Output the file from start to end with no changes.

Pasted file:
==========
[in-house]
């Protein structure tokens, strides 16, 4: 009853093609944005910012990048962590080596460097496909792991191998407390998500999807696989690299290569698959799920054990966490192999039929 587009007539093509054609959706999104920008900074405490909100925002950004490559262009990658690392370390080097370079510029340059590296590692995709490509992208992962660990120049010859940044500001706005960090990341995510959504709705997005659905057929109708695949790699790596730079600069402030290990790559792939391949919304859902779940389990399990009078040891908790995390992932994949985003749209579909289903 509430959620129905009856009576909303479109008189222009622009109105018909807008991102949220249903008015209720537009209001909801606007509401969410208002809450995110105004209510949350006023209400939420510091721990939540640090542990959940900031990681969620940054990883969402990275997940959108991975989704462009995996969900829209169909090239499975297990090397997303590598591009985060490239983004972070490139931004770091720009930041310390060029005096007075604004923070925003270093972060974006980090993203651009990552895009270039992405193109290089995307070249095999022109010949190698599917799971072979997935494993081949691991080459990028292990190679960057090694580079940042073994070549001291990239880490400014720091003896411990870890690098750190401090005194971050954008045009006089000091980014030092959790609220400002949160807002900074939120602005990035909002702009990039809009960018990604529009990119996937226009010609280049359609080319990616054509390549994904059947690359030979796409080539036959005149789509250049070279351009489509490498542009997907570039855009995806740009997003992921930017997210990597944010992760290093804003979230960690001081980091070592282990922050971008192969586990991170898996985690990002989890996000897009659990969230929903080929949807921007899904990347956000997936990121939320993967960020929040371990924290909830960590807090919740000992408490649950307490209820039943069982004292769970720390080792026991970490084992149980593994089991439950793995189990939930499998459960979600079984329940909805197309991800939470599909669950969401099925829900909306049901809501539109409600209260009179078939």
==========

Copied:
[in-house]
């Protein structure tokens, strides 16, 4: 009853093609944005910012990048962590080596460097496909792991191998407390998500999807696989690299290569698959799920054990966490192999039929 587009007539093509054609959706999104920008900074405490909100925002950004490559262009990658690392370390080097370079510029340059590296590692995709490509992208992962660990120049010859940044500001706005960090990341995510959504709705997005659905057929109708695949790699790596730079600069402030290990790559792939391949919304859902779940389990399990009078040891908790995390992932994949985003749209579909289903 509430959620129905009856009576909303479109008189222009622009109105018909807008991102949220249903008015209720537009209001909801606007509401969410208002809450995110105004209510949350006023209400939420510091721990939540640090542990959940900031990681969620940054990883969402990275997940959108991975989704462009995996969900829209169909090239499975297990090397997303590598591009985060490239983004972070490139931004770091720009930041310390060029005096007075604004923070925003270093972060974006980090993203651009990552895009270039992405193109290089995307070249095999022109010949190698599917799971072979997935494993081949691991080459990028292990190679960057090694580079940042073994070549001291990239880490400014720091003896411990870890690098750190401090005194971050954008045009006089000091980014030092959790609220400002949160807002900074939120602005990035909002702009990039809009960018990604529009990119996937226009010609280049359609080319990616054509390549994904059947690359030979796409080539036959005149789509250049070279351009489509490498542009997907570039855009995806740009997003992921930017997210990597944010992760290093804003979230960690001081980091070592282990922050971008192969586990991170898996985690990002989890996000897009659990969230929903080929949807921007899904990347956000997936990121939320993967960020929040371990924290909830960590807090919740000992408490649950307490209820039943069982004292769970720390080792026991970490084992149980593994089991439950793995189990939930499998459960979600079984329940909805197309991800939470599909669950969401099925829900909306049901809501539109409600209260009179078939």